New research has found that a variation in the new coronavirus’ genome improved its ability to penetrate and infect human cells, helping it become the dangerous, dominating strain spreading across the world.

The research, published Thursday in the journal Cell, has shown the variation is more infectious than before in cell cultures under lab settings.

The new variant, called “D614,” makes a small but effective change in the ‘spike’ glycoprotein, which protrudes from the surface of the virus to enter and infect human cells.

The D614G variant of the new coronavirus has quickly taken over as the dominant strain of the virus, with global samples showing a significant conversion of the viral population from the original to the new, dominant strain of the virus.

A team of researchers from the Los Alamos National Laboratory, New Mexico, and Duke University, North Carolina, teamed up with the University of Sheffield’s COVID-19 Genomics UK research group to analyze the virus’ genome samples.

Infectious disease specialist Dr. Thushan de Silva from the University of Sheffield said, “We have been sequencing SARS-CoV-2 strains in Sheffield since early in the pandemic and this allowed us to partner with our collaborators to show this mutation had become dominant in circulating strains.”

“The full peer-reviewed study published today confirms this, and also that the new D614G genome mutation variant is also more infectious under laboratory conditions.”

“Data provided by our team in Sheffield suggested that the new strain was associated with higher viral loads in the upper respiratory tract of patients with COVID-19, meaning the virus’s ability to infect people could be increased,” Dr. de Silva added.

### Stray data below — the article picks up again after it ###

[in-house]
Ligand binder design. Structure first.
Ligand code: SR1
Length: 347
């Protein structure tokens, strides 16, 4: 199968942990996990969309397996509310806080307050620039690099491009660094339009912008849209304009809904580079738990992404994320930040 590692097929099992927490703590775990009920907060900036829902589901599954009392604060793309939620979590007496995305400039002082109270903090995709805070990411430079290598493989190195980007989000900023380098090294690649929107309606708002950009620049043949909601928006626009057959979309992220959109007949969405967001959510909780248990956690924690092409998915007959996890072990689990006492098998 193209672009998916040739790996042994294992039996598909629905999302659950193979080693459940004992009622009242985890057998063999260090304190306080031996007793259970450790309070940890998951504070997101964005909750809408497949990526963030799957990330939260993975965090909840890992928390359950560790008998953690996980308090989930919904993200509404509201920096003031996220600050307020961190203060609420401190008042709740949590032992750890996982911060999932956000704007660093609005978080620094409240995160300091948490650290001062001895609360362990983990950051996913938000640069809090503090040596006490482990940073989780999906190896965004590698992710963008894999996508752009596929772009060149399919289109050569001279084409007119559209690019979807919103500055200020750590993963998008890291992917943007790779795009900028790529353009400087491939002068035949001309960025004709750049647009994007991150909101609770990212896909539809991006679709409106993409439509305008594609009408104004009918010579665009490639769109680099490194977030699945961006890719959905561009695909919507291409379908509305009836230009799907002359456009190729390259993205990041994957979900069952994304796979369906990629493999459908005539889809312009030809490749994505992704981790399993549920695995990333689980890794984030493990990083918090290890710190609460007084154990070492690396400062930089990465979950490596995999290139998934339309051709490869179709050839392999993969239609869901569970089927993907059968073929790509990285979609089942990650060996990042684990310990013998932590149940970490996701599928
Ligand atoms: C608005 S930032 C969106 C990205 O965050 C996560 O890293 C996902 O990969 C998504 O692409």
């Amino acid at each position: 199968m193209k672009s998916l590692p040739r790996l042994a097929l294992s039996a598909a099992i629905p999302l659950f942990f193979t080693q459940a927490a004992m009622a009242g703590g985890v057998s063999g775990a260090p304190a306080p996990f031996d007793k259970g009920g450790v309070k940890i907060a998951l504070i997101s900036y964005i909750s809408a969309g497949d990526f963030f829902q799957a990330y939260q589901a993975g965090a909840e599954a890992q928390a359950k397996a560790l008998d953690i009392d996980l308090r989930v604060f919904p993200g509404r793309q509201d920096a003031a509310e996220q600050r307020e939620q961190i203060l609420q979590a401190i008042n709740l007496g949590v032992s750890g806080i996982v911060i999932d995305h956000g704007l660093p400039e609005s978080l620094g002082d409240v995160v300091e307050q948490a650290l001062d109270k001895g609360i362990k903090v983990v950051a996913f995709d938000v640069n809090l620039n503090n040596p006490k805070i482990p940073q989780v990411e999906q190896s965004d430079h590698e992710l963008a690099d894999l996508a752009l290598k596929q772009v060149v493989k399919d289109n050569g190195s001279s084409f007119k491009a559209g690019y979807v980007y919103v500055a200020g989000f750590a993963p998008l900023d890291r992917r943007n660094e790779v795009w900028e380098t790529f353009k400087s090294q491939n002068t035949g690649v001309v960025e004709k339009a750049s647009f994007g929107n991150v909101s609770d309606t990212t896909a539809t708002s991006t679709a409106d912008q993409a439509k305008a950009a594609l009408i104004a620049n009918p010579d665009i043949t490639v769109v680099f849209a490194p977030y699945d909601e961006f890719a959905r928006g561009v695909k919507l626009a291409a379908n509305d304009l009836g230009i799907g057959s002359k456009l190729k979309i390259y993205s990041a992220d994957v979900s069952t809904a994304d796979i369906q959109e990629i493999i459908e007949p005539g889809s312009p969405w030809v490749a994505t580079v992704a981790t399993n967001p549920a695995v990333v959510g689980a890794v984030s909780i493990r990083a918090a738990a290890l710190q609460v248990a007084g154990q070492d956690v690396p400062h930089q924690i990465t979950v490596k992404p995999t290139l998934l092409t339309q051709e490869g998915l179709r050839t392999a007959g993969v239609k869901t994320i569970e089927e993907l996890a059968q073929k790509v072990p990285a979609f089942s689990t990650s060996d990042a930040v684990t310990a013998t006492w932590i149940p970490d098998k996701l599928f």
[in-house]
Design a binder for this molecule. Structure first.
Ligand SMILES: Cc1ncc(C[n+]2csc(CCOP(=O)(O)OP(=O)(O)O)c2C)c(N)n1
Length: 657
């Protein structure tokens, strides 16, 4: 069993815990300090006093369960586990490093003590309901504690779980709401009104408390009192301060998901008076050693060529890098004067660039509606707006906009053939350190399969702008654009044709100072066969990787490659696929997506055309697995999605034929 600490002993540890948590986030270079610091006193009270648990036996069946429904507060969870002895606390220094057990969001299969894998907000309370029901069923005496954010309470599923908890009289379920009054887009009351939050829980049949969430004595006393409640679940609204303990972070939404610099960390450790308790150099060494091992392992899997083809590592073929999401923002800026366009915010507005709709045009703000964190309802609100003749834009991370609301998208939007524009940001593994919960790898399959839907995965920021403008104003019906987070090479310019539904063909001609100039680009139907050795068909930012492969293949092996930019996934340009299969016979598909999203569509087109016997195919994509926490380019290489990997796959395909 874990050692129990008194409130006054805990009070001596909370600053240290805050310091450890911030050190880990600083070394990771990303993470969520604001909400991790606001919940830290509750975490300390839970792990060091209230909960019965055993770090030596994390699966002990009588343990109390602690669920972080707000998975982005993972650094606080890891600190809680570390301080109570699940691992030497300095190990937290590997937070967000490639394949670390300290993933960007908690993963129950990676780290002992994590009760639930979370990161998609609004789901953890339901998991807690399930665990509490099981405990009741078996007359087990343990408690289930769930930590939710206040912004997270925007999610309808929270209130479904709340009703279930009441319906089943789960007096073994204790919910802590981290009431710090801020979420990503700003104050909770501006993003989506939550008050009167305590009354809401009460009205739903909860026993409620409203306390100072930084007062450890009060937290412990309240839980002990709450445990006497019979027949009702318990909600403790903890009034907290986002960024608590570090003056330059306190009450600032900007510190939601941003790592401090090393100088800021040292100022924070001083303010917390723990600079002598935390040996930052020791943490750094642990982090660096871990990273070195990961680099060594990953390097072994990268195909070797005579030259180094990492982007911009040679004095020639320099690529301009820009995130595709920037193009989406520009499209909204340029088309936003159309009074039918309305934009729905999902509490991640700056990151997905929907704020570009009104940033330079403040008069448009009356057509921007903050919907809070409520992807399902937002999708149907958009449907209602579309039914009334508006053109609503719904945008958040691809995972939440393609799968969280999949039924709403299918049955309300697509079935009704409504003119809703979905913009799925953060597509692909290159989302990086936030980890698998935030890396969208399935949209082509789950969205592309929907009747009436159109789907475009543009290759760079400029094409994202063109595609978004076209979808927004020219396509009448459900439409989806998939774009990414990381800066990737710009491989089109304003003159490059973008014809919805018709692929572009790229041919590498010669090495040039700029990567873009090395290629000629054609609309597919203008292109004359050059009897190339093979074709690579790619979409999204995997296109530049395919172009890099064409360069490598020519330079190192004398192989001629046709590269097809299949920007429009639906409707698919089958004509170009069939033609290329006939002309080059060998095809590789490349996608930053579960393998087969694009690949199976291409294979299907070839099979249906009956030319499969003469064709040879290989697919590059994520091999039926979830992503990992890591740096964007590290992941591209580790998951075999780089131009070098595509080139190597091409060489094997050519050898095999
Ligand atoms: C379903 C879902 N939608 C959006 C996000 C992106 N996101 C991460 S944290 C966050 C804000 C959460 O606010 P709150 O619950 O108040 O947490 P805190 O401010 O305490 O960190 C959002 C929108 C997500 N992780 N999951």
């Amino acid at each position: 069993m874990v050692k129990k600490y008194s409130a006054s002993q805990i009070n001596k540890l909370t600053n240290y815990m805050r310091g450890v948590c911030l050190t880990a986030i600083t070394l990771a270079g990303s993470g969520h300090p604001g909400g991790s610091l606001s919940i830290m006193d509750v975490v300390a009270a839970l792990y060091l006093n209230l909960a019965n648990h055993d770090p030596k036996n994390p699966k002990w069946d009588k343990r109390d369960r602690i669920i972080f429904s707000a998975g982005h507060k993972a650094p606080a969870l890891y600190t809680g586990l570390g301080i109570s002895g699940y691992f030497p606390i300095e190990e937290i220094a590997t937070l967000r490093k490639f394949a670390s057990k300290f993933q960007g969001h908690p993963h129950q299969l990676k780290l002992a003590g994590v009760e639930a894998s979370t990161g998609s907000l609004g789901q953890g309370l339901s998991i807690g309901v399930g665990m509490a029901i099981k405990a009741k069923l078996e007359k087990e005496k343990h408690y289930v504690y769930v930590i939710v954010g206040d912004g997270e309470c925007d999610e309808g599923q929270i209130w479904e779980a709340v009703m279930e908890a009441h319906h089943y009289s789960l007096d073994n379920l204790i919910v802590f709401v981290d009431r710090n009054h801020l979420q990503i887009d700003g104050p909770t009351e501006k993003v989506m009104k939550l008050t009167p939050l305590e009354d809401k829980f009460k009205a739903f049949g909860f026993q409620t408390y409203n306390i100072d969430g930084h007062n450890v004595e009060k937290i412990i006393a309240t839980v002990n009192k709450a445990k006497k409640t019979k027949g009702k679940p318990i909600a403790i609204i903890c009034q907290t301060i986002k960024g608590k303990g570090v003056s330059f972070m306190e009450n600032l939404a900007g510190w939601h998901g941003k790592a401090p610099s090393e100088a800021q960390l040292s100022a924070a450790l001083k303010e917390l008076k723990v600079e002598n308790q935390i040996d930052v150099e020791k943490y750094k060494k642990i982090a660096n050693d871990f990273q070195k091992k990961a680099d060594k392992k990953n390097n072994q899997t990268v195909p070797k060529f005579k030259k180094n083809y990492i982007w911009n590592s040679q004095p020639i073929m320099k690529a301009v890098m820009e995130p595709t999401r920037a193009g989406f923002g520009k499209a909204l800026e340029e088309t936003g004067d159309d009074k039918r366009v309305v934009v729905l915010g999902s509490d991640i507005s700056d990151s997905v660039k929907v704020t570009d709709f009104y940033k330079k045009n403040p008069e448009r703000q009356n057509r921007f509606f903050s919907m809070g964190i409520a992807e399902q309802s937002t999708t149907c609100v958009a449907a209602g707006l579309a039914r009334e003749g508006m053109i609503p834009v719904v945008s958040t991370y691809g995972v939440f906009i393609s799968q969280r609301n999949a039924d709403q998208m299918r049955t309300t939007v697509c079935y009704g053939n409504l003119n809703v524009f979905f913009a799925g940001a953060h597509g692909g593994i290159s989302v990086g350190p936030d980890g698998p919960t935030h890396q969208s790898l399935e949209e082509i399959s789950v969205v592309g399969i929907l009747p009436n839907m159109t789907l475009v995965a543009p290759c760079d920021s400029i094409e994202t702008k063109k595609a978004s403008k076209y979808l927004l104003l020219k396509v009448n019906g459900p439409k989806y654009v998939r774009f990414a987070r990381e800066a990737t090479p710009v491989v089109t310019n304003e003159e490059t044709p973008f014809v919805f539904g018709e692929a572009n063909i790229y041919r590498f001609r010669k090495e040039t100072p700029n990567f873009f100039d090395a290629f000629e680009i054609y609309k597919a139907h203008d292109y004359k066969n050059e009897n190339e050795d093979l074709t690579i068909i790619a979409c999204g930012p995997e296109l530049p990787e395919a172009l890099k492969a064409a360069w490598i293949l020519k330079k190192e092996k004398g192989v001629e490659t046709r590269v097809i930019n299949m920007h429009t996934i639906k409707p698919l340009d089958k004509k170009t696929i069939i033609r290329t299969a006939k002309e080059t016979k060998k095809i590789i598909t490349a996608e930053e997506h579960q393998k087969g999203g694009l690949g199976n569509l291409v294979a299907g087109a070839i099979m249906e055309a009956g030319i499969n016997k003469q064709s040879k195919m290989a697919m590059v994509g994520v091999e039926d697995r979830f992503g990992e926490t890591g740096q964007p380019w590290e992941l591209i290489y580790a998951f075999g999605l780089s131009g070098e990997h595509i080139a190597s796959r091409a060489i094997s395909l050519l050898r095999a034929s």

“Fortunately at this stage, it does not seem that viruses with D614G cause more severe disease.”

Lead author of the research Dr. Bette Korber from the Los Alamos National Laboratory said, “It is possible to track SARS-CoV-2 (COVID-19) evolution globally because researchers worldwide are rapidly making their viral sequence data available through the GISAID viral sequence database.”

“Currently tens of thousands of sequences are available through this project, and this enabled us to identify the emergence of a variant that has rapidly become the globally dominant form,” she added.

New experiments, extensive sequencing, clinical data, and improved statistical models have been published in the Cell; however, the researchers said that they need to do lab analysis in live cells in order to determine the full implications of the genetic mutation. Another author of the study Dr. Will Fischer from Los Alamos National Laboratory said, “It’s remarkable to me. That this increase in infectivity was detected by careful observation of sequence data alone, and that our experimental colleagues could confirm it with live virus in such a short time.”